To try and hit all of the Napa Valley in a single visit is impossible, as is one city for that matter…so how about a district? Well, still impossible, but here and in subsequent posts, we’ll break down key districts into reasonable trips and share different options so you can see what works best for you so you can plan your tastings. With this day trip we’ll show you (some of ) the wineries within Stag’s Leap district that don’t require an appointment and make for a memorable experience. However, even six visits in a day is quite a task, so I would suggest choosing 4 or so based off of our recommendations and your particular preferences. So off we go….

STAG’S LEAP WINE CELLARS – Stag’s Leap is probably the most well known of those on this list and for good reason. Their Cask 23 is a legendary wine (with a legendary price tag) that is not to be missed. But what else is on the tasting menu you ask? I tried a number of excellent wines, both red and white, and think I found something for everyone’s pallet, albeit maybe not their wallet. I started off with Aveta ($26), a unique Sauvignon Blanc which possessed strong grapefruit notes, but was much softer than most, with a nice long finish. Next up was the Arcadia ($65) Chardonnay, a nice Chardonnay with an almost cereal grainy feel to the aroma. Certainly unique in that sense. But we come to Stag’s for the reds and at Stag’s Leap Wine Cellars there are some gorgeous ones. I sampled 4 of them, and as I mentioned before…they are not for those “faint of wallet”. FAY ($150) started things off with a scent of caramel corn followed by a more floral and red fruits feel. A nice wine but the finish was a bit short for my liking. Next up was S.L.V. ($175) this had a deeper more earthy aroma, and rich with dark fruits. This wine also rolled over the pallet with a bit more purpose than FAY adding some spice and dusty tannins as well. Following S.L.V. was the “big guy”, Cask 23 ($295) Long a favorite of mine, this is an elegant Cab, with a wide array of aromas which seem to change each time I sample it. Figs, flowers and chocolate this time around, with a hint of tobacco as it coated the pallet. A nice medium finish, which suits this wine perfectly. The last of the Cabs was the relatively inexpensive Artemis ($69) Its aroma reminded me of the experience as a kid of pouring hot water into berry jello packet. This was the only Cab I tasted with any real strong tannins to speak of. All excellent wines and a definite stop on any Stag’s Leap trip.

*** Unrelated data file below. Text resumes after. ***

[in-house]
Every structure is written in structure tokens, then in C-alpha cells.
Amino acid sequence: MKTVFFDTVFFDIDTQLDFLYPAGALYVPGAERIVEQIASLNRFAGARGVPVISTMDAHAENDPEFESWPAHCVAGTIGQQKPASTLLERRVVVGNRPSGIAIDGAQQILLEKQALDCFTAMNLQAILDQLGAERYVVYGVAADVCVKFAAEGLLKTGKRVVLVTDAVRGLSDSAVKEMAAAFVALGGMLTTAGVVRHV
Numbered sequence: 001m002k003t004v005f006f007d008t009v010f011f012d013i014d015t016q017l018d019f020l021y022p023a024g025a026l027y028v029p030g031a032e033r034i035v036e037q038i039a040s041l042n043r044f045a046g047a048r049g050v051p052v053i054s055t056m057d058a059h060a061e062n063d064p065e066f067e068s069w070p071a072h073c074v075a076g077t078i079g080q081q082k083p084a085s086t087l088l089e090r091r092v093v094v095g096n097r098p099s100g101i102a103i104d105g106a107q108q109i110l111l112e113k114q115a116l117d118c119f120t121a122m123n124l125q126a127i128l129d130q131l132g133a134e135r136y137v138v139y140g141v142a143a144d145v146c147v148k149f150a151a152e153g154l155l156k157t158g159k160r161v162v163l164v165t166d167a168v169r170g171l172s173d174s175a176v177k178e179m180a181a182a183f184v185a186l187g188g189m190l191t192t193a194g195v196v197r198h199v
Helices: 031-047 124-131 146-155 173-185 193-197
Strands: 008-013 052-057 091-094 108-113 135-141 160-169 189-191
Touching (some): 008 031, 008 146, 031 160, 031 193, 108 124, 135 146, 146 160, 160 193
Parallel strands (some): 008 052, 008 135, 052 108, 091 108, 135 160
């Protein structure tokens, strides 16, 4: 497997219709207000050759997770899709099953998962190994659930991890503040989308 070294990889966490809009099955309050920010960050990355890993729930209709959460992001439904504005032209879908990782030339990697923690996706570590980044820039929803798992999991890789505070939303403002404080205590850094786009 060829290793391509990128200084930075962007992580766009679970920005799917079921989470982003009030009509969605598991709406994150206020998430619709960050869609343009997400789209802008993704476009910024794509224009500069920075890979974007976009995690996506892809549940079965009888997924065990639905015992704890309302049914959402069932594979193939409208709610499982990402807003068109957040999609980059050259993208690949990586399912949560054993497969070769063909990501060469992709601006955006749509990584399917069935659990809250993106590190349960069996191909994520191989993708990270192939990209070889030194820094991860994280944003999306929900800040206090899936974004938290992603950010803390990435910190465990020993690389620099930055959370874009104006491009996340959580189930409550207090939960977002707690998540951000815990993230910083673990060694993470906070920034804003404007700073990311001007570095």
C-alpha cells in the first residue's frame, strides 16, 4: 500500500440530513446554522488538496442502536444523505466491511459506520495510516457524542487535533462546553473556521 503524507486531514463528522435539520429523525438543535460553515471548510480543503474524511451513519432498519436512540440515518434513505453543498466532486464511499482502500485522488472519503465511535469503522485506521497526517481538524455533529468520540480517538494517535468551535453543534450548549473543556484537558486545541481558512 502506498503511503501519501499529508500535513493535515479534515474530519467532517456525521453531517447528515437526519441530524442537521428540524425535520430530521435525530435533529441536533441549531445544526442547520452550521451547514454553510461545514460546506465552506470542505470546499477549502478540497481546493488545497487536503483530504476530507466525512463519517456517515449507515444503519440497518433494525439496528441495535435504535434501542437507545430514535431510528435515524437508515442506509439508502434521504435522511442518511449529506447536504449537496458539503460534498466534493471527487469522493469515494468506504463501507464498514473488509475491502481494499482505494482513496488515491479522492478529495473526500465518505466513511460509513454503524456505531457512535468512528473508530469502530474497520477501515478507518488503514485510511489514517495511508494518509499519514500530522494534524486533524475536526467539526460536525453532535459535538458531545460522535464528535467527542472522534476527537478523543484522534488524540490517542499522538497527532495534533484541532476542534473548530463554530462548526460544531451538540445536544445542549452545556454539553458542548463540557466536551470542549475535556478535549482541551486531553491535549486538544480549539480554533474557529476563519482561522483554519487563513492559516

PINE RIDGE VINEYARDS – Come to Pine Ridge just for the Cabernet’s…they got a lot of them. 7 at last count. I tried 3 this time around, and as usual…all of them were excellent. The Napa Valley ($65) is a nice approachable Cab. Well made and well balanced. Can’t go wrong here if you’re trying to impress the neighbors. The Oakville ($100) is a very nice wine but with some unique flavors including cranberry tartness, herbal qualities and the typical oak influences. With a bit of a battle in the mouth, this is a wine that may not be for everybody. My pick of these 3 however, was the Stag’s Leap ($140). Aromas of dark fruit and earthy tones followed by a huge mouth feel of dark berries and chocolate, delivering what I can only describe as liquid happiness. A generously elegant Cab, this is everything the Stag’s Leap district stands for.